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  • Eric Krieg
    The following is posted in the PhACT skeptics dicussion board. I offer some commentary at the end: The Pathology of Organized Skepticism Posted by Dave Leiter
    Message 1 of 1 , Jan 28, 1999
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      The following is posted in the PhACT skeptics dicussion board. I offer some
      commentary at the end:

      The Pathology of Organized Skepticism

      Posted by Dave Leiter on November 10, 1998 at 15:26:39:


      (An hypothesis which may explain what changes normal people into avowed


      Ever since my friend of nearly 50 years, Dr. Joel M. Kauffman, introduced me
      to the Philadelphia-area skeptics group, PhACT, a few years
      ago, its membership has puzzled and fascinated me; both as a group and as
      individuals. In other words, I find that I�m continually asking myself,
      "What makes these people tick?".

      Additionally, before my introduction to PhACT, I had heard, here and there,
      about the national skeptics organization, CSICOP, and often what
      I heard was not very complimentary. I wondered why it was not a more
      highly-regarded organization, especially in light of the "Scientific"
      inference of its full title, as opposed to its acronym title, CSICOP.

      I may have uncovered an answer to my puzzlement and wonderment, regarding the
      two organizations, through direct observations of PhACT�s
      membership over the past few years. I�m sure what I�m about to write will be
      widely challenged by that membership, and by skeptics at large.
      However, my aim is not to attack or insult anyone, but instead, to open an
      honest dialogue on what I perceive as a fascinating phenomenon. As
      such, I welcome polite, thoughtful responses.


      It�s hard for me to understand why anyone would willingly (or worse, proudly)
      wish to be known as a skeptic. From my standpoint, that title
      labels an individual as someone whose mental processes are continually and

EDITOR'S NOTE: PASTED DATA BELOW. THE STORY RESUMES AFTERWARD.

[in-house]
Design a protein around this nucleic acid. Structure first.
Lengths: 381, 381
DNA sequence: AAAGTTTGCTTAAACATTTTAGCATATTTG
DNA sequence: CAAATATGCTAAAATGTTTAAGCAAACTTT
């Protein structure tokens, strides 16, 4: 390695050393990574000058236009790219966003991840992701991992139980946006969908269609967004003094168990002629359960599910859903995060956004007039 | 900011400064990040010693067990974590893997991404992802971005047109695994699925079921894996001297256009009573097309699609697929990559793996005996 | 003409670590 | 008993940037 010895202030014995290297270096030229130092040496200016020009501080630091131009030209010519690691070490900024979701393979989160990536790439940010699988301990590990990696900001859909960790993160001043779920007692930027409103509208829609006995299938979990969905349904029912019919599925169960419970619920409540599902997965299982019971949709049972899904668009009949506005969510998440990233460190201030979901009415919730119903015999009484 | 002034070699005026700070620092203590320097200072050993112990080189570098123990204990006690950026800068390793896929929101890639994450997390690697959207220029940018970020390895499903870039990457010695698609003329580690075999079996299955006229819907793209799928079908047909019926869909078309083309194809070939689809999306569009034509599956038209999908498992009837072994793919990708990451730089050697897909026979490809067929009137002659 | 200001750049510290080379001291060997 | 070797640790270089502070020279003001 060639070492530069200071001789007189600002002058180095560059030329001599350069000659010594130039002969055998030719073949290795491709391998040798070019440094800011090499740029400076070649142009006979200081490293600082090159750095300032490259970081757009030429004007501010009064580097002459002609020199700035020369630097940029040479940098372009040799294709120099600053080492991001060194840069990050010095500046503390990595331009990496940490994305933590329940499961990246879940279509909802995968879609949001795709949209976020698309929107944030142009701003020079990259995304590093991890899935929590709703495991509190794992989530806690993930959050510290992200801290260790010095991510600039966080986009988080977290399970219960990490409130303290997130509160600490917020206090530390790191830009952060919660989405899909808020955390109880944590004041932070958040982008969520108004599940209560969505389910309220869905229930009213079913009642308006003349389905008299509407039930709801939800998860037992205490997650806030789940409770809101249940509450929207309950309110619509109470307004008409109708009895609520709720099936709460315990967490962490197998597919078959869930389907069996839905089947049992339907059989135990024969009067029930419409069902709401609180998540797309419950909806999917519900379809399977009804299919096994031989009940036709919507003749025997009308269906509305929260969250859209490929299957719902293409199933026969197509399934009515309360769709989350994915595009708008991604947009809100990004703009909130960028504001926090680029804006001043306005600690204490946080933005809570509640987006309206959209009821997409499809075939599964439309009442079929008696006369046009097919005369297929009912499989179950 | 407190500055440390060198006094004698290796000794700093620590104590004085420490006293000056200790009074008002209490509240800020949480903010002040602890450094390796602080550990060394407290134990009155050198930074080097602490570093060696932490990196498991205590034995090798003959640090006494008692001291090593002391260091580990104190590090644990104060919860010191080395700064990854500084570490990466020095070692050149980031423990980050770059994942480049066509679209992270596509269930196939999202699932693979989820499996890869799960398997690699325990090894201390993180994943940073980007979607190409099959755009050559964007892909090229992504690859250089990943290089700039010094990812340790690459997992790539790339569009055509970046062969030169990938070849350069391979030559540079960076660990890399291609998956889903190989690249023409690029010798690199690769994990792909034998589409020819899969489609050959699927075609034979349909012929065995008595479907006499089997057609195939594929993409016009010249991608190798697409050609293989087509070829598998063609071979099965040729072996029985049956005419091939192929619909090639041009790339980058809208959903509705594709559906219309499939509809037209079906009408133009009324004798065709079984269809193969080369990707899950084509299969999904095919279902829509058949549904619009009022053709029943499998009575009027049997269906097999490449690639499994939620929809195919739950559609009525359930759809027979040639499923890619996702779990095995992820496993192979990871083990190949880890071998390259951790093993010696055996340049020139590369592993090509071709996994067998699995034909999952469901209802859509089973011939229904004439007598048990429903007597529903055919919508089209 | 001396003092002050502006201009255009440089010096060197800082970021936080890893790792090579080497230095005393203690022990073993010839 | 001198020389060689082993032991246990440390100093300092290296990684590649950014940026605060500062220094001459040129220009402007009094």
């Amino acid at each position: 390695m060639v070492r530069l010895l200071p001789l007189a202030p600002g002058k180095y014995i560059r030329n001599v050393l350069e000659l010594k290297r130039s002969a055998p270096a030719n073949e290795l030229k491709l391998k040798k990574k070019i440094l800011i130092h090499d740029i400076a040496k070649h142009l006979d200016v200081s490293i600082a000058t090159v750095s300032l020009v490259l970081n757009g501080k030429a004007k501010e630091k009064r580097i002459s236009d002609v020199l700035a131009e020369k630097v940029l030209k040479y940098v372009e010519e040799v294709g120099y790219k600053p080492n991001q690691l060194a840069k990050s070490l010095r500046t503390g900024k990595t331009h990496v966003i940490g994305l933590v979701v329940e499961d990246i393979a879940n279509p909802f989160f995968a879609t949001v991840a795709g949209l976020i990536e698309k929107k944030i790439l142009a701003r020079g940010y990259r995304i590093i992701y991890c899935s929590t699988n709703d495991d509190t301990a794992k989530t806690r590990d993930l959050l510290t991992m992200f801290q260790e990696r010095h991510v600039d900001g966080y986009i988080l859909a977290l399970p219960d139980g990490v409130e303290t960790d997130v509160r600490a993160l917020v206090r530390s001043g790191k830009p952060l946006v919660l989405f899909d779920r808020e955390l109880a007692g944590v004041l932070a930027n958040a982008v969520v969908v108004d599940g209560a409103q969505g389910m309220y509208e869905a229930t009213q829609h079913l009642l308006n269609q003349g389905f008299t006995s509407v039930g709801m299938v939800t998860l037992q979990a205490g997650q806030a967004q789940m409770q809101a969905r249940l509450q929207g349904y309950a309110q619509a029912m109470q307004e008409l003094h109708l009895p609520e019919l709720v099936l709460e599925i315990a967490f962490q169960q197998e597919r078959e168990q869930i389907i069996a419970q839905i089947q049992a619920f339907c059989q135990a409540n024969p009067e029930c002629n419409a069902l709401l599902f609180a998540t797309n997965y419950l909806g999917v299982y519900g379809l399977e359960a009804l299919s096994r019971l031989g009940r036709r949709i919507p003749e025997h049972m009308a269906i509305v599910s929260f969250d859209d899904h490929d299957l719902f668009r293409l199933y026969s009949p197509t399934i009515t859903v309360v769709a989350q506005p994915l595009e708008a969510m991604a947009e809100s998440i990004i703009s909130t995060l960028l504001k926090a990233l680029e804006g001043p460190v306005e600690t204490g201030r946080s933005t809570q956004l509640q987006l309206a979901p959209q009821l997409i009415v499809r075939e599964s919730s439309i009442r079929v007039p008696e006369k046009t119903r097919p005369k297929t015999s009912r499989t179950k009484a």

rigidly out of balance, in the direction of disbelief. I would no more
      wish to be known as a skeptic, than I would wish to be known as a dupe, the
      opposite extreme, i.e. someone who is extremely gullible. For me,
      the most desirable mind-set is exactly in the center of those two extremes, in
      a middle-ground I would call rational balance.

      It is important for the reader to understand that, while I believe it is
      unwise for anyone to be a avowed skeptic, I nevertheless view
      APPROPRIATE skepticism as a very useful and valuable tool. For instance, in
      matters of business and commerce, a person who lacks healthy
      skepticism will be frequently victimized by the unscrupulous. However, if that
      person does a complete turnabout and becomes totally skeptical
      of everyone and everything, he will become his own victim, because even honest
      people will be unwilling to deal with him.

      In a like manner, an avowed skeptic cannot be a true scientist - the two
      titles are mutually exclusive. However, it is very important for a scientist
      to exercise healthy skepticism, especially about his own work. Similarly, a
      true skeptic cannot be an effective inventor, since, by definition, he
      cannot fully devote himself to his own intangible and unproven dreams. But, an
      inventor who exercises no skepticism relative to his own work
      quickly becomes a "crackpot" inventor.

      So much for prologue! You might be thinking that I�m going to say that normal
      people, who become skeptics, do so because someone has
      duped them severely, and so they make a pact with themselves never to be duped
      again. You�re right! That�s exactly what I�m going to say, but